All the analysis was computed using R software.

This study was approved by the Ethic Committee of each referral Hospital of the whole area (Hospital Sant Joan in Reus, Hospital Joan XXIII in Tarragona and Hospital Josep Trueta in Girona).


We identified 75 GIST incident cases in the Girona Cancer Registry for the period 1996 to 2006. The crude rate of incidence in this area and period was 1.17 cases/100,000 inhabitants/year (World age-standardized rate of 0.68 cases and European age-standardized rate of 0.93).

In the Tarragona Cancer Registry, 57 GIST incident cases were identified for the period 1998 to 2006, corresponding to a crude rate of incidence of 1.01 cases/100,000 inhabitants/year (World age-standardized rate of 0.62 and European age-standardized rate of 0.85).

Cohort characteristics

A total of 132 GIST cases were found for the two populations. Of these, 67 were in men (55.8%) and 53 in women (44.2%). Median age at diagnosis was 64.5 years old.

Seventy-six cases (57.6%) were localized in the stomach, 47 (35.5%) in the small intestine, 6 (4.5%) in the peritoneum, two in the rectum (1.5%) and one in the esophagus (0.8%).

Forty cases (30.3%) were classified as low or very low risk of malignant behavior according to the classification proposed by Fletcher et al. [13], 28 cases (21.2%) were of intermediate risk, 46 cases (34.8%) were of high risk, 14 cases (10.7%) were diagnosed with metastatic disease and in 4 cases (3%) we did not have enough information to classify.

Twenty-three of the 132 patients of the cohort (17.4%) had been treated with imatinib at the end of study follow-up. In six patients, treatment was initiated upon diagnosis of metastatic disease. In seventeen patients, it was initiated at recurrence following initial surgery. Of these, 14 were initially classified as high risk of malignant behavior GIST, one as intermediate risk and two as low risk. Any patient was treated in adjuvant setting. As some of the patients died before the widespread use of imatinib in GIST, the impact of treatment on survival could not be evaluated in our series.

The median follow up time was 97 months (8.09 years).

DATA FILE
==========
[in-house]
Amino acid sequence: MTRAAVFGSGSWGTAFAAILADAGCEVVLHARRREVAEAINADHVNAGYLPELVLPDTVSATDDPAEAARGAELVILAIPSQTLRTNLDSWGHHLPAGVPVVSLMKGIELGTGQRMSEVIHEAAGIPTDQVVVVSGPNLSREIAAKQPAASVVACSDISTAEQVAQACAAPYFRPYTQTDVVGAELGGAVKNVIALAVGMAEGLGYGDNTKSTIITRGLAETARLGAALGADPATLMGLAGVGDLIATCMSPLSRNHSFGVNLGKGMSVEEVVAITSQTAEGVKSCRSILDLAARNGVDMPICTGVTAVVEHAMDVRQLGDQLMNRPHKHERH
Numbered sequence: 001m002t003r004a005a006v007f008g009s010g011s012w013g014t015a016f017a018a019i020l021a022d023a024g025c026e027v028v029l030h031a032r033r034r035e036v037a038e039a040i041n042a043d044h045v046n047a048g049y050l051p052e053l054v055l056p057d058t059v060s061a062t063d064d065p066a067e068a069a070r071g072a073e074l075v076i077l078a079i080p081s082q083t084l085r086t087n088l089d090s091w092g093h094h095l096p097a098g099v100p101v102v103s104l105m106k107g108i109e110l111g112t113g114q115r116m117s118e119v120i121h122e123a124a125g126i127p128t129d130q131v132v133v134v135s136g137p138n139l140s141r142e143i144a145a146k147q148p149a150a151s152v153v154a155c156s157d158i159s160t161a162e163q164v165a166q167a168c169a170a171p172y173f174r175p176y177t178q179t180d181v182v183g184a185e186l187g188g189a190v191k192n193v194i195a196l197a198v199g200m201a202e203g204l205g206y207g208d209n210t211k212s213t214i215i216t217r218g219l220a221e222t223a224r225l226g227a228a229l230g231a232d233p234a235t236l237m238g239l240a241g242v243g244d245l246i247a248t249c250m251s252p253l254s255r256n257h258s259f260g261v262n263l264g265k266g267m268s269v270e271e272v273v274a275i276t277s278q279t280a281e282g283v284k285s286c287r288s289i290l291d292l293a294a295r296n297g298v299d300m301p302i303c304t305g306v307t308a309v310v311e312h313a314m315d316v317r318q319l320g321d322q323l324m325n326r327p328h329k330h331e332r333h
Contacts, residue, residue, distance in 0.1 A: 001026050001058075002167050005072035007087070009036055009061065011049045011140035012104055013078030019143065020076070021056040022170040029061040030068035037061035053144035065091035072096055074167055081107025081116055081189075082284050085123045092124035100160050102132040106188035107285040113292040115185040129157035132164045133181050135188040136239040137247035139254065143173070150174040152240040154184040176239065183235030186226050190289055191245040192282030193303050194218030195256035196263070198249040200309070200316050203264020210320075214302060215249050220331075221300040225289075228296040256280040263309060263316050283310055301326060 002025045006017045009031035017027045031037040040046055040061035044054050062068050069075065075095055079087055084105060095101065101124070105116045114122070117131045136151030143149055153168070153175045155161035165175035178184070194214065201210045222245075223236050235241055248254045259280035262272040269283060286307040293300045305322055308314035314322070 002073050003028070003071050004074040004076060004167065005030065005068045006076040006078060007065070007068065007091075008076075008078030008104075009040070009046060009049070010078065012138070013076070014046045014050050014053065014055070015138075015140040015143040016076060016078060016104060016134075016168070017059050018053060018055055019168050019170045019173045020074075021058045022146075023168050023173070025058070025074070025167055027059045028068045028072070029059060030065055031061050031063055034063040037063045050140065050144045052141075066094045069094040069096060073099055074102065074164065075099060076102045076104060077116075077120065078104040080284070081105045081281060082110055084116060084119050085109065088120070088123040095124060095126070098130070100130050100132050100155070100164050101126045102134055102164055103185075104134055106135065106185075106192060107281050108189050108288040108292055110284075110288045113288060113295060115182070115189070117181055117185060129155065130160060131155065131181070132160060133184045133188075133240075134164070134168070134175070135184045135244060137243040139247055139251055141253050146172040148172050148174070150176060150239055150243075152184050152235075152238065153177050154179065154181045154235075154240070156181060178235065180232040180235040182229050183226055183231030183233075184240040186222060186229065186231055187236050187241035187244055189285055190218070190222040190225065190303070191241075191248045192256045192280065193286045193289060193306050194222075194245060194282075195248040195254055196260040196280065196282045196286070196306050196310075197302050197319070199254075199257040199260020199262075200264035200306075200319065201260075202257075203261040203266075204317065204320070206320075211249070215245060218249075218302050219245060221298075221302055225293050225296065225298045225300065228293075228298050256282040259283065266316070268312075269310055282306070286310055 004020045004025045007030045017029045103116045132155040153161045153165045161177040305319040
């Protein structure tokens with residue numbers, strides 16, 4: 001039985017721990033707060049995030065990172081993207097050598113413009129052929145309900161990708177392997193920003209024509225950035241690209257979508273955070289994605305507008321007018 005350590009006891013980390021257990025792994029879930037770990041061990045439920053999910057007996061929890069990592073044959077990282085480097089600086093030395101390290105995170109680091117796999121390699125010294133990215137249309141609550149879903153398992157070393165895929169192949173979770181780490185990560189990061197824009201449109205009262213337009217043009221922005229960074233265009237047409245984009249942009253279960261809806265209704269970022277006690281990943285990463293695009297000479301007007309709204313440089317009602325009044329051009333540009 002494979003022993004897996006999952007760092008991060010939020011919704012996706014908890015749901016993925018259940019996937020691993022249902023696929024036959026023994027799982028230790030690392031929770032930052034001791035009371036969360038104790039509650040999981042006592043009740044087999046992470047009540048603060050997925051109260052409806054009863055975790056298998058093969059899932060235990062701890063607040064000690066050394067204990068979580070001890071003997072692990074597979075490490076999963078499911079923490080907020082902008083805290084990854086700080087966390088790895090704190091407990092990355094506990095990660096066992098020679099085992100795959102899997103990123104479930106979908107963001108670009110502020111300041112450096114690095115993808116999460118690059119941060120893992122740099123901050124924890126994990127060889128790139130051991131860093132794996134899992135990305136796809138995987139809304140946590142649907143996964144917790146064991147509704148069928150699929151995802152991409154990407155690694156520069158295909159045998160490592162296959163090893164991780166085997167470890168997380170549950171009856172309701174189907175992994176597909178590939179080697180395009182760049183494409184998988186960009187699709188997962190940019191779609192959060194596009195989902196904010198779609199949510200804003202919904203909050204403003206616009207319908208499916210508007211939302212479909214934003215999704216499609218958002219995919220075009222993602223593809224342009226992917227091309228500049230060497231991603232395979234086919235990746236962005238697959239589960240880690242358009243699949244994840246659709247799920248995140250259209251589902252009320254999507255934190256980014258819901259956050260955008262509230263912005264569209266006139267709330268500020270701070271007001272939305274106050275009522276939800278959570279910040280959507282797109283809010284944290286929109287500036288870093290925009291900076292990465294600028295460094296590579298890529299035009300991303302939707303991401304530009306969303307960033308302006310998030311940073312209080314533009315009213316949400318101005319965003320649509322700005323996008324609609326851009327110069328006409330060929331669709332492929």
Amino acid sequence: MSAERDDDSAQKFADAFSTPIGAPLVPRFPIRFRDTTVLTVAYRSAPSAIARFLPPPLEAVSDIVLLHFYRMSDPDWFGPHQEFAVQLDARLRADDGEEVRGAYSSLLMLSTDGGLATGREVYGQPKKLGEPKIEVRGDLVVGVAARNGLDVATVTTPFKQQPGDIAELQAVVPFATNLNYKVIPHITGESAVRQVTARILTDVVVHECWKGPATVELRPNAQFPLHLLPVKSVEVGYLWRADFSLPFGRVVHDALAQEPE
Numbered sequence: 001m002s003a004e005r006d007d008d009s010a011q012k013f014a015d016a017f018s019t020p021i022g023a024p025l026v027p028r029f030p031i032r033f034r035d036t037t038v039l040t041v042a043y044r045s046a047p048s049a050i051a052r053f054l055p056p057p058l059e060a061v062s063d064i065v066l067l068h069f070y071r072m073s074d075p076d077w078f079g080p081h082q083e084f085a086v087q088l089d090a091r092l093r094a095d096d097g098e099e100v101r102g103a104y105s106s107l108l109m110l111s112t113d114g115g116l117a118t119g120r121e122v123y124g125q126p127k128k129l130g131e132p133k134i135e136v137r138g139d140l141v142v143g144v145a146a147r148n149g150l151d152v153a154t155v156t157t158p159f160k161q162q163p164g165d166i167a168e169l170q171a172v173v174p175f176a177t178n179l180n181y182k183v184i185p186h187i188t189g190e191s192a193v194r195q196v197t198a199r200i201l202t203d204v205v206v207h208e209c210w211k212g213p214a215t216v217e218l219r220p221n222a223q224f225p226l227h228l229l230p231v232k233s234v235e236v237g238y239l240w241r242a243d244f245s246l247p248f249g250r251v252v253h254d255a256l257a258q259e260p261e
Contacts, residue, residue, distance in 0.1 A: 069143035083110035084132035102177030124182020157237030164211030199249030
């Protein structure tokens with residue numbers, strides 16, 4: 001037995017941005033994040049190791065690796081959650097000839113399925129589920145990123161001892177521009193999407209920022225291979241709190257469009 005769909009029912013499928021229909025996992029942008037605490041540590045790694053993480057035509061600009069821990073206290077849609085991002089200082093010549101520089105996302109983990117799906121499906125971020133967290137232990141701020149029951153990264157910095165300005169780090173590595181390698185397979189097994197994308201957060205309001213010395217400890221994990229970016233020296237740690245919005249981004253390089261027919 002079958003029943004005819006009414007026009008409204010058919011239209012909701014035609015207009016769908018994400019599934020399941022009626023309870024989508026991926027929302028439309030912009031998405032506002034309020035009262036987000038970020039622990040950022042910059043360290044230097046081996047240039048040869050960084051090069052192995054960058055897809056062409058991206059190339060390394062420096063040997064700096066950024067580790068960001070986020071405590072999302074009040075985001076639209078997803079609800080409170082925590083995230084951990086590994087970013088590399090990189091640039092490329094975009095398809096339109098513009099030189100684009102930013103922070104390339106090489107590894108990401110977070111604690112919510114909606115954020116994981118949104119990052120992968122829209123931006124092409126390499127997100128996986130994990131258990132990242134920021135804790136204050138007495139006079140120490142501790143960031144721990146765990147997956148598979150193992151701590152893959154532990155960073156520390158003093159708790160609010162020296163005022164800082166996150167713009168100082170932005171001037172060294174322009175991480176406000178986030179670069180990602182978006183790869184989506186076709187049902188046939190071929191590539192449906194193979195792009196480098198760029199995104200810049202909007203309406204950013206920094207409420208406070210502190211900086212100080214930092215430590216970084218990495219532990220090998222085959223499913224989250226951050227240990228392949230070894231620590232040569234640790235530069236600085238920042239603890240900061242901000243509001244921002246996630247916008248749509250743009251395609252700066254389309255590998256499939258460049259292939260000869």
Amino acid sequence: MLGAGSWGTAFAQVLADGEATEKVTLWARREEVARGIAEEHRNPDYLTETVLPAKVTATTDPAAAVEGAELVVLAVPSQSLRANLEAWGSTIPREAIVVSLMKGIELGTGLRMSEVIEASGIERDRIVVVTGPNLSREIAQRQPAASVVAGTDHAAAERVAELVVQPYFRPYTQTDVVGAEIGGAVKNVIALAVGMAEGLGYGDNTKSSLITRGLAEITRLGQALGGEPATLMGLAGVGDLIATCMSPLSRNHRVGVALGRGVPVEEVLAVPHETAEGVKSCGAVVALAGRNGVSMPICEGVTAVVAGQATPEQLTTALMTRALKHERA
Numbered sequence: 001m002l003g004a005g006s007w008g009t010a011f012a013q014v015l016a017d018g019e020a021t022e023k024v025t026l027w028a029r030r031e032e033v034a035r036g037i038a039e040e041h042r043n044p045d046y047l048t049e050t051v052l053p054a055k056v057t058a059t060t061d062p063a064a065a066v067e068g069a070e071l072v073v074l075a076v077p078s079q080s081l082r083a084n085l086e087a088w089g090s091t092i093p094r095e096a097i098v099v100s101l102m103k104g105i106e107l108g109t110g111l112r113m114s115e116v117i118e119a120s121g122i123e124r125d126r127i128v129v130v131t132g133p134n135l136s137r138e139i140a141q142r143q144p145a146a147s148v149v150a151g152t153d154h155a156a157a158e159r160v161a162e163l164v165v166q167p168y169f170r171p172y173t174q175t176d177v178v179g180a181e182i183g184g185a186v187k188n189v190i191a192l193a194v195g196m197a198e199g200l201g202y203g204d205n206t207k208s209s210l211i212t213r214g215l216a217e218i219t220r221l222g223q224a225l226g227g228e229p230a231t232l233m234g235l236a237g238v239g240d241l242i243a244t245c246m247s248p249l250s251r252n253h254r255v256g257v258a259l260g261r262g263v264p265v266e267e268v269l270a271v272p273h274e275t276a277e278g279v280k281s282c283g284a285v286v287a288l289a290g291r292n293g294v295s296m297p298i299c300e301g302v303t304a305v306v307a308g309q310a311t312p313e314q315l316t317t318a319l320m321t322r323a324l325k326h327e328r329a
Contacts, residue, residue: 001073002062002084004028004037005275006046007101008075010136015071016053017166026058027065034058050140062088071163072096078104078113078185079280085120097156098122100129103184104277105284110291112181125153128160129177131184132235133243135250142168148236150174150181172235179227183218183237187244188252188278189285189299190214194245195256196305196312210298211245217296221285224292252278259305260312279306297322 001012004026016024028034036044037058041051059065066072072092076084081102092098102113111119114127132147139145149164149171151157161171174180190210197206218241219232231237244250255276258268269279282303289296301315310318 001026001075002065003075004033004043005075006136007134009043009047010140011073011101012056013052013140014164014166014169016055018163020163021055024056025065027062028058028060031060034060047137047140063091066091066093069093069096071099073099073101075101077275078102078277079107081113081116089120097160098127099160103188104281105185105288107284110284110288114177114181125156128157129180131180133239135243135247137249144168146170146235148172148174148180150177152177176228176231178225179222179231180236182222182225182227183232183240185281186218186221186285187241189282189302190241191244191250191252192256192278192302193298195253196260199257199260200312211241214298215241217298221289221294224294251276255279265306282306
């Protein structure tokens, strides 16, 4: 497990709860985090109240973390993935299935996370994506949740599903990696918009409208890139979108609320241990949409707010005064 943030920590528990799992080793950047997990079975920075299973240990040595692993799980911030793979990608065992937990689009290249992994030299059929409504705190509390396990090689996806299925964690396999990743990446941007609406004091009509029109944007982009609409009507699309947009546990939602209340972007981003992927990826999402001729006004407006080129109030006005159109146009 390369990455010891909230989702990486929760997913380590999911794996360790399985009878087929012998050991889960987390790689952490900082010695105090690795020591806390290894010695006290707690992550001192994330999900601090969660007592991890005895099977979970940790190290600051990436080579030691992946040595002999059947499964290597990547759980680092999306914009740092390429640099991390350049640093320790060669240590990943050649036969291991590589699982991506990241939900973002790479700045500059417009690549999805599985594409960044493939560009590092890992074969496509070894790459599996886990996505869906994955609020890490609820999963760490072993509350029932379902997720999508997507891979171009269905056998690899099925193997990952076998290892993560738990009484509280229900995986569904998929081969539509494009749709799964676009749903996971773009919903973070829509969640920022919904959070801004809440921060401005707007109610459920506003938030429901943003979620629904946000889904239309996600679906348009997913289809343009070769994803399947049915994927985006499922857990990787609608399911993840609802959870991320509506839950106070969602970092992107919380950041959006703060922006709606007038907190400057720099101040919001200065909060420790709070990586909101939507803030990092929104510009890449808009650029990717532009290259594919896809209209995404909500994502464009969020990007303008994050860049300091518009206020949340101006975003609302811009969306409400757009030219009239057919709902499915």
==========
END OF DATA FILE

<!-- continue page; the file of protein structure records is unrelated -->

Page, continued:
Mutational analysis

In GCR, we obtained paraffin-embedded tissue of 65 cases, corresponding to 86.6% of the total incidence. All tissues corresponded to the primary tumor and were obtained at the time of diagnosis or first surgical treatment. In two paraffin-embedded tissues, there was insufficient DNA to perform the mutational analysis.

In TCR, 47 paraffin-embedded tissue samples were obtained (82.5% of total incident cases) and again two of the samples did not contain sufficient DNA to perform mutational analysis.

Finally, mutational analysis was performed in 108 paraffin-embedded tissue samples, 81.8% of the cohort. We sequenced 297 loci from 3 cancer-related genes (KIT, PDGFR and BRAF only in wild type GIST). All cases were c-KIT positive in immunohistochemistry except two, which were c-KIT negative but CD-34 positive.

Table 2 shows the distribution of mutations according to tumor site, using the International Classification of Diseases for Oncology, third version (ICD-O-3) [26]. We found GIST located in the stomach (C-16), small intestine (C17), colon (C18), rectum (C19) and peritoneum (C48.1). No GIST was found in the esophagus. Tumors registered with C48.0 or C48.2 (retroperitoneum and peritoneum) or C76 (abdomen not otherwise specified) were reviewed and reclassified according to a more specific site. The distribution of mutations according to the risk groups defined by Fletcher et al. [13] is also shown in Table 2.

Table 2 Distribution of c-KIT and PDGFR-α genes mutations ( N= 108)